By Lawrence Taylor

About an eternity ago, a young man of 9 and his parents landed in the country. It had been a tough couple of years for the boy, uprooted from his home and spending time at several schools during the past two years. He never made friends quickly anyway. Now he gazed across the pastures of eye-high Johnson grass and shouldered a rod and Zebco 33 and headed down the two-track path toward the pond his mom promised would be there.

It was four or five acres of murky promise. One day when walking the banks he spotted a brightly colored lure hanging on the end of an old laydown tree and he waded out and plucked it off. It was a happy looking lure, wearing a wide smile and colorful skirt.

He tied it on and through trial and error started catching fish – big green sunfish and moss-colored largemouth. He fished with it three days straight. It was magical. It caught fish at every pond for a mile around, until it disappeared into a monstrous swirl that never even pulled any drag before snapping the line.

He sat down in the grass and cried.

Conventional wisdom says that when facing off-colored water, anglers fare better with spinnerbaits or loud vibrating crankbaits and that’s pretty accurate. But there is a topwater lure that is not only capable of getting strikes in colored water, but excels in it. It’s the Arbogast Hula Popper, and it’s likely created more anglers than any other lure. One heart-stopping explosion on that classic lure and the fish isn’t the only thing hooked.  

In stained water, bass attack with more ferocity and surprise than in clear water. Bass living in a dirty water environment rely more on sound and vibration than sight when feeding, simply because they can’t see as far, and when they decide to attack prey, they do it with gusto so it doesn’t get away.

One reason the Hula Popper has survived for more than 50 years is because a few select anglers learned about its effectiveness in off-colored water. To attract and catch fish in this situation anglers must get the fish’s attention in a manner slow enough that the fish can locate the bait, and once they do find it, the lure must convince the fish it’s a living bit of forage without moving out of the fish’s strike zone.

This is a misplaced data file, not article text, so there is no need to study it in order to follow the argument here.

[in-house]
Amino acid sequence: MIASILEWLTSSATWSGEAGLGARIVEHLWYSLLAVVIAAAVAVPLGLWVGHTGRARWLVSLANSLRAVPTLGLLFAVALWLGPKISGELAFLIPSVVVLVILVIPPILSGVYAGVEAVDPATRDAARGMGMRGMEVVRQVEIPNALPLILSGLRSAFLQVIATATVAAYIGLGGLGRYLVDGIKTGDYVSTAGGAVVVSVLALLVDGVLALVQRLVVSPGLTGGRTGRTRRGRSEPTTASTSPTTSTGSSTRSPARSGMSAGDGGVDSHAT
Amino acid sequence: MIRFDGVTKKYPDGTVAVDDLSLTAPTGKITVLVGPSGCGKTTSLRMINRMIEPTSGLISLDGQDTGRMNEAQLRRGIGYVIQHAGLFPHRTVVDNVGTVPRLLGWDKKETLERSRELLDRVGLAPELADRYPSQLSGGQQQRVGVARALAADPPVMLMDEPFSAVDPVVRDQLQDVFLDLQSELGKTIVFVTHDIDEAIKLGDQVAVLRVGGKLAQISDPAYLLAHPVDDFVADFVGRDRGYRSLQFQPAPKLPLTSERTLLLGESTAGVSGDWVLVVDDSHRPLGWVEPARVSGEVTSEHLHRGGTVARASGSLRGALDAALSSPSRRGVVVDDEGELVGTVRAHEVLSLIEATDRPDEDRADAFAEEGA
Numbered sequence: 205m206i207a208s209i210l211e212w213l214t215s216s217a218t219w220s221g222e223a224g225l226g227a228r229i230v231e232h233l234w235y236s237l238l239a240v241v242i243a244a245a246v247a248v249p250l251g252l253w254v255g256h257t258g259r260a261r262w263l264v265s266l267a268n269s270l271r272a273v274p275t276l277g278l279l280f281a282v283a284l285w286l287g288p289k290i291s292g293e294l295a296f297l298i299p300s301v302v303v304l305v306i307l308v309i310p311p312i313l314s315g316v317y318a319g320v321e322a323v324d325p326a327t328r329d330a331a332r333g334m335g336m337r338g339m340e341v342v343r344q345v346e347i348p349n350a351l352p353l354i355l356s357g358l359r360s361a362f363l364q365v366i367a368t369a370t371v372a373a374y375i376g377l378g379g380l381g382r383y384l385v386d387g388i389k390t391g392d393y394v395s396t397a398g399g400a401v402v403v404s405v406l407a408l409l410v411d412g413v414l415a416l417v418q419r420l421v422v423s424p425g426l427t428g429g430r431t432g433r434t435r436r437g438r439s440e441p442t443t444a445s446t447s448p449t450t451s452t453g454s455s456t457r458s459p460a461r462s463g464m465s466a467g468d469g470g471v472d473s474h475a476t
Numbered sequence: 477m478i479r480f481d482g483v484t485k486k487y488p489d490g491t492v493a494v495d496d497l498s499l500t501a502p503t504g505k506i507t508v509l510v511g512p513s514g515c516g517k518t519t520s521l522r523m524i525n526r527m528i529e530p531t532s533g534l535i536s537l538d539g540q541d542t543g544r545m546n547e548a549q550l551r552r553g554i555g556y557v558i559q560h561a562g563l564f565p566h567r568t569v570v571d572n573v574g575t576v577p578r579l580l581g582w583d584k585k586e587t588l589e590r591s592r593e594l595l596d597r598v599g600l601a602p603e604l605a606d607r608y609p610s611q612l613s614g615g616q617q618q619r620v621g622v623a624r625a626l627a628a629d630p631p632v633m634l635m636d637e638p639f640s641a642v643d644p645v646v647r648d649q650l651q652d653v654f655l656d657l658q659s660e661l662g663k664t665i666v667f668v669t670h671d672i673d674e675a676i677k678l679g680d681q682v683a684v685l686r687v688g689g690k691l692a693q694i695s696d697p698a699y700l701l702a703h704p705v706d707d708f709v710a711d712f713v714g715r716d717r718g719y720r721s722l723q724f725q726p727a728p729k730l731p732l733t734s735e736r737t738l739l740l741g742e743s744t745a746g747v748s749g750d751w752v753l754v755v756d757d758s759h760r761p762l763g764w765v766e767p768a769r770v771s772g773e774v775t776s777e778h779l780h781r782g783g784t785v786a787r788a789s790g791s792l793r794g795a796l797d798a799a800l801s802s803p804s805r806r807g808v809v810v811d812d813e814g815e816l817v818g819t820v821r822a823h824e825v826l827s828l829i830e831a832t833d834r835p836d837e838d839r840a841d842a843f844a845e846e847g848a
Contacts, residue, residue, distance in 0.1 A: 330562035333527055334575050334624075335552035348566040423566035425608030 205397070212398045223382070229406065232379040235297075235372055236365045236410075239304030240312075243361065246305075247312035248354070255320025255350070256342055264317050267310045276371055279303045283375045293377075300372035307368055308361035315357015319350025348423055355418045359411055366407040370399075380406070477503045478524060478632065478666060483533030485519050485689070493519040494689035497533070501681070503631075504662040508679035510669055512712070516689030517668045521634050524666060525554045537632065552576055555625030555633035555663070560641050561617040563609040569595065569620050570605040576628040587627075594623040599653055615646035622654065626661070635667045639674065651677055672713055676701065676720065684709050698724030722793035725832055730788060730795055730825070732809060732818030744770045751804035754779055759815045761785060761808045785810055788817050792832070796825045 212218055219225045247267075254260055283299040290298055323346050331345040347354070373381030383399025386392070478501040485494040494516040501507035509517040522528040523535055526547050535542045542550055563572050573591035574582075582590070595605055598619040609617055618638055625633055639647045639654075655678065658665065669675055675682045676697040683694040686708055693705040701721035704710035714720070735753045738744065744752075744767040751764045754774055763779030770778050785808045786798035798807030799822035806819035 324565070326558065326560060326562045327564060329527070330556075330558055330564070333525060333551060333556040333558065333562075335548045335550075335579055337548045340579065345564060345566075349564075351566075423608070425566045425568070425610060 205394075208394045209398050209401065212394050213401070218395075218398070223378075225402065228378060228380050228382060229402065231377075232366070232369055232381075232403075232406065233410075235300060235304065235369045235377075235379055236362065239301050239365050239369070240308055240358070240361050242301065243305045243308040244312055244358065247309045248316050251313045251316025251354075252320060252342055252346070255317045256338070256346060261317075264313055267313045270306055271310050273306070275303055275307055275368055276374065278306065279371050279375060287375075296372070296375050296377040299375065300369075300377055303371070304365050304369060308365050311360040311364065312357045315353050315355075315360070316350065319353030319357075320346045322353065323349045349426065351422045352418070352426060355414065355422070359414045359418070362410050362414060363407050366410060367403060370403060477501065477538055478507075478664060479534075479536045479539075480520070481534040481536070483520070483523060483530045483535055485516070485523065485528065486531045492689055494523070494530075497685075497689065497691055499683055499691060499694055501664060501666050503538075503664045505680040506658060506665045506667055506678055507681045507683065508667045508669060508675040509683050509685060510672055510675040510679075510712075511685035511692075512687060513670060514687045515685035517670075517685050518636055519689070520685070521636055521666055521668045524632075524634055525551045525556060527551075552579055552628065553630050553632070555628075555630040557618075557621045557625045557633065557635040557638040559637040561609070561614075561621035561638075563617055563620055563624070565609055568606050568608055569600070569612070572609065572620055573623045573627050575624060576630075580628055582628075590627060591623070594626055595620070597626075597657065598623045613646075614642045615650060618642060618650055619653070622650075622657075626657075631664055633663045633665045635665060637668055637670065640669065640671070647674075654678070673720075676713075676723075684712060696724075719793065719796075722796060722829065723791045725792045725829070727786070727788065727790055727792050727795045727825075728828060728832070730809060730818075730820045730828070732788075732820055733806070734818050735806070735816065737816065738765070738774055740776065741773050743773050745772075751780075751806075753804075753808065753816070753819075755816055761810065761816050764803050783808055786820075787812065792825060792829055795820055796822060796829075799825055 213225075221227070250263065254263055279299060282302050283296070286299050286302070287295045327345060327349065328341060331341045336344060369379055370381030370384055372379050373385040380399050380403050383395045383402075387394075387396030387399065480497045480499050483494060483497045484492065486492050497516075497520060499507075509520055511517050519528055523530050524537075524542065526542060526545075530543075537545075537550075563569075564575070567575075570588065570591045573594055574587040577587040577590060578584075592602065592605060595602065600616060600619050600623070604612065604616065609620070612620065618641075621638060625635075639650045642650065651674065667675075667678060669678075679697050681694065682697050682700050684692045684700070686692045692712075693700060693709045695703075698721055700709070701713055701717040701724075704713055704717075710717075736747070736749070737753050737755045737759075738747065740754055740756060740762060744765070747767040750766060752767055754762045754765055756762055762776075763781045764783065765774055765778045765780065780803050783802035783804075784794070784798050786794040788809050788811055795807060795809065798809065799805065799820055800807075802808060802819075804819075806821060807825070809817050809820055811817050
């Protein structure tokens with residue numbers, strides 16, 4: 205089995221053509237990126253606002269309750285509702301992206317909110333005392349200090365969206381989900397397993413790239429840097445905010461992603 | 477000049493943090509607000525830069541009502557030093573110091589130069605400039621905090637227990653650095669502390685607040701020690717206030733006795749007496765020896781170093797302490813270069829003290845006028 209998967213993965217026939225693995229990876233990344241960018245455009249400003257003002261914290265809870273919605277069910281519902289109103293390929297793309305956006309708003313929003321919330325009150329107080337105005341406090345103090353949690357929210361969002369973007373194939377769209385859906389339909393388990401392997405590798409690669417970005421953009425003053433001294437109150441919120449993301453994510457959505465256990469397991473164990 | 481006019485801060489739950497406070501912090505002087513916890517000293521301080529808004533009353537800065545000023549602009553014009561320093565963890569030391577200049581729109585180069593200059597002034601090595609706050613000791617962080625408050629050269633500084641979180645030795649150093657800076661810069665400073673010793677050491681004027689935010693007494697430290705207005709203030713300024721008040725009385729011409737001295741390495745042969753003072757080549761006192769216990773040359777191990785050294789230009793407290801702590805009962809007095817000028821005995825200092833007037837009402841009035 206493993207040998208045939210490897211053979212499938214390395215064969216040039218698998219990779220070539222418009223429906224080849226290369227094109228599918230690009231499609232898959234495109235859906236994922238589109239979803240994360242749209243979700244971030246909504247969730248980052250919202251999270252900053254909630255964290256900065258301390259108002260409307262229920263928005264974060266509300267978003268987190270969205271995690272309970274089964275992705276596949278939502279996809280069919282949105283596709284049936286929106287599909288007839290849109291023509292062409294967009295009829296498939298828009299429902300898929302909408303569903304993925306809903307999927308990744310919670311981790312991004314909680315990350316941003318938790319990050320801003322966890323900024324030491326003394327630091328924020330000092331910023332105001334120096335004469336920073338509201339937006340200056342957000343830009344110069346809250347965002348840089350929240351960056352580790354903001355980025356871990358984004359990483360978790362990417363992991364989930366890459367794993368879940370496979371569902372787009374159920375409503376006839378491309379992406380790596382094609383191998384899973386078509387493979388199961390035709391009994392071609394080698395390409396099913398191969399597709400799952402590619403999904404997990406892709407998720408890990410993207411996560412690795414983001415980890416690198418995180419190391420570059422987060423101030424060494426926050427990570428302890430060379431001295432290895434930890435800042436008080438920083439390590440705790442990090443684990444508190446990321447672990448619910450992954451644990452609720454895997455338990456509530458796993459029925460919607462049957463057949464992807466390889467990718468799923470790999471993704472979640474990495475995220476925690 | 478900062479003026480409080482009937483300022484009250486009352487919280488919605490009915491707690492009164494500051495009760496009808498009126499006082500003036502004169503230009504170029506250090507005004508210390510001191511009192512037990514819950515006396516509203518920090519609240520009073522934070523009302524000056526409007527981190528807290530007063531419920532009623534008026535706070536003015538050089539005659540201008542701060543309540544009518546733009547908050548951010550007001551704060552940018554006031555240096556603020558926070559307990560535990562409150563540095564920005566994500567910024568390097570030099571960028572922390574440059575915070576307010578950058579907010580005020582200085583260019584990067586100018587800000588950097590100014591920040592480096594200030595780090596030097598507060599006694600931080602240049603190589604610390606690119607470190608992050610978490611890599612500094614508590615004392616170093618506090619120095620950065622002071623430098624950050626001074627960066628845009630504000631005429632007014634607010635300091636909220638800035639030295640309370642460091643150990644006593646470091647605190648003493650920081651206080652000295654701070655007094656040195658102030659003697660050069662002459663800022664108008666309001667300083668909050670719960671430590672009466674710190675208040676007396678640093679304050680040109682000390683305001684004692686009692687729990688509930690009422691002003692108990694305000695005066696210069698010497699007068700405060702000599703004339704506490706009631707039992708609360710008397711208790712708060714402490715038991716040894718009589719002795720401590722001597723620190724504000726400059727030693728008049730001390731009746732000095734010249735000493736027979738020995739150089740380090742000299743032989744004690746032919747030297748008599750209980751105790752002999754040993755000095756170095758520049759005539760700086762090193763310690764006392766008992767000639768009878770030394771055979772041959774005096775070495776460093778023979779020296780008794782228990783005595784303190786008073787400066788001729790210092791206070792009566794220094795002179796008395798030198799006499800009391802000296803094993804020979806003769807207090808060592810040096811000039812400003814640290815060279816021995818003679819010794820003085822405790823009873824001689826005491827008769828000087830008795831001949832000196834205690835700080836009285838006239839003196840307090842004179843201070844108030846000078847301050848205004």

The Hula Popper jumps the first hurdle with its unique concave mouth. Instead of a rounded mouth like a Rebel Pop-R or a Heddon Chug’N Spook, the Hula Popper’s mouth is larger and flat on the inside to create bigger, louder surface disturbance – a deep, resounding “bloop!” When twitched hard the Hula Popper creates as much commotion as throwing a baseball-sized rock in the water, plus, it’s a unique sound that no other topwater produces.

Sure, you might say, I can make a big splash with a lot of other lures, and that’s true, but how many of them continue to move during the pause to help the fish locate the bait and convince approaching fish that it’s alive? The Hula Popper does that. The patented Hula Skirt at the end of the bait is constantly moving like the legs of a spider or the slow movements of a lazy, carefree frog. Even 30 seconds after twitching the bait, the Hula Skirt continues to move.

It really doesn’t matter what the fish thinks it is, it just knows there was a big splash up there somewhere, and on further investigation it sees something just sitting there on top with its back legs or fins moving here and there.

When fishing stained or muddy water with the Hula Popper, slow is top speed. Give it a good twitch of the rod tip and then let it sit for up to 30 seconds. The skirt “legs” are still providing attraction while it’s resting on top, giving fish ample opportunity to locate it and become convinced that it’s alive even though it’s not swimming away.

The muddier the water, the slower you should work it. Another tip for dirty water is to move the knot to the top of the line tie and put a little glue on it to hold it there. That will slightly change the angle of your twitches and make it “dig” into the water a little harder and produce a louder “bloop.”

The boy that started this article spent another 30 years fishing that pond, and even taught his first daughter to twitch a Hula Popper on it. He told the 7-year-old to throw it up there under that tree and let it sit and minute, then twitch it just a little. A two-pound bass smashed it just before she twitched it, and she held on just a moment before it jumped and spit the bait back at her.

And the two sat down in the grass and laughed.